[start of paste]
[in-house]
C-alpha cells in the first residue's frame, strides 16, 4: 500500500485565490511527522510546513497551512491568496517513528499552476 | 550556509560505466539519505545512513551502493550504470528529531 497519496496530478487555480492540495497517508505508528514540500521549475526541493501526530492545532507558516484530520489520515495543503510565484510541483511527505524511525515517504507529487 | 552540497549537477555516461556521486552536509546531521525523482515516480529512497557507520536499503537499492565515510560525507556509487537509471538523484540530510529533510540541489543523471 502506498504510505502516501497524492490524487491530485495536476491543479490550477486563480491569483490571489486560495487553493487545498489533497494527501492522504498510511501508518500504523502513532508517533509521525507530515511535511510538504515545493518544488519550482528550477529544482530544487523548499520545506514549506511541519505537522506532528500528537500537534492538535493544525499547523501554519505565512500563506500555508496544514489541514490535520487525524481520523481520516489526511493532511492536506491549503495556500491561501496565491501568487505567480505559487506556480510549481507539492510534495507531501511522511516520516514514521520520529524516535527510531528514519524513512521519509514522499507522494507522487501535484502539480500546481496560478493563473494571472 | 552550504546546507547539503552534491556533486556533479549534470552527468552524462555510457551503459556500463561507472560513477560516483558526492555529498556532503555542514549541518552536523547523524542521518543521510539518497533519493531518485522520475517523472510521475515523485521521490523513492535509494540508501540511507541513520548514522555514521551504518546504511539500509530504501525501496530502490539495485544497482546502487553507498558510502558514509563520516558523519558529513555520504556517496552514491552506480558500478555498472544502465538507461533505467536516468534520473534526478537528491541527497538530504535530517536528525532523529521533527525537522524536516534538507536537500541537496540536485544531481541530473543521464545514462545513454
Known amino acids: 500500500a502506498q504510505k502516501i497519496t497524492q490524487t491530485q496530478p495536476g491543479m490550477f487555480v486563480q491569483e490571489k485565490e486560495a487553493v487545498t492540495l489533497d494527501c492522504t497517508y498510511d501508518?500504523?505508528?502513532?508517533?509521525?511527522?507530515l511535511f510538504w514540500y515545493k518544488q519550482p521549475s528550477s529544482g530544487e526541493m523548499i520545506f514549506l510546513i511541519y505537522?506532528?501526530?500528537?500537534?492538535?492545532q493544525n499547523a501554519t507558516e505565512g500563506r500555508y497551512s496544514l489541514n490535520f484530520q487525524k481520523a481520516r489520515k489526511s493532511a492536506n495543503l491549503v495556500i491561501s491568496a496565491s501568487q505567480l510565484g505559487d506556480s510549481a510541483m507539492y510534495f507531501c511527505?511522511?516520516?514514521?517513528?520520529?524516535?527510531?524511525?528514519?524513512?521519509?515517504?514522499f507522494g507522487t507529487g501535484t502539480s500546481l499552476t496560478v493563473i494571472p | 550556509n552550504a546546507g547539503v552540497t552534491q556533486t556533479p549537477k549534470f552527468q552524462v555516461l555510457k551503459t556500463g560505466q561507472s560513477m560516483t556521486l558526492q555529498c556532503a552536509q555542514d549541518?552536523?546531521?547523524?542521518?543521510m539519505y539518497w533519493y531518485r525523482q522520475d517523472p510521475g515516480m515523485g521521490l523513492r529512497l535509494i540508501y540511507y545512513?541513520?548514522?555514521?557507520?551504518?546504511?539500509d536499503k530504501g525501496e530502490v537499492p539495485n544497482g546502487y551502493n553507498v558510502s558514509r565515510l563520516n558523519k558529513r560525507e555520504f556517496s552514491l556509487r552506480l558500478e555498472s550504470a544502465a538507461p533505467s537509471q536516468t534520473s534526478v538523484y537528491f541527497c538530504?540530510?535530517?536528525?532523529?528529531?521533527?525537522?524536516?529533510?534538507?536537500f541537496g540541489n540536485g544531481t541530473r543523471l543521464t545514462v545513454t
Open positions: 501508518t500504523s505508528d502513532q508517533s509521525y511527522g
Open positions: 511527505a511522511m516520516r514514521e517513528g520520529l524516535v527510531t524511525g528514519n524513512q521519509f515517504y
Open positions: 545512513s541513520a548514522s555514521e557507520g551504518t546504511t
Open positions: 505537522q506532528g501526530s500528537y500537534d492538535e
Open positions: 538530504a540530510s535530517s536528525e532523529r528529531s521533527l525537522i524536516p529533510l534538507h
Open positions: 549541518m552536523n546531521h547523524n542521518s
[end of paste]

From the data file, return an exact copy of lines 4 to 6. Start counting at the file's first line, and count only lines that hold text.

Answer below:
Open positions: 501508518t500504523s505508528d502513532q508517533s509521525y511527522g
Open positions: 511527505a511522511m516520516r514514521e517513528g520520529l524516535v527510531t524511525g528514519n524513512q521519509f515517504y
Open positions: 545512513s541513520a548514522s555514521e557507520g551504518t546504511t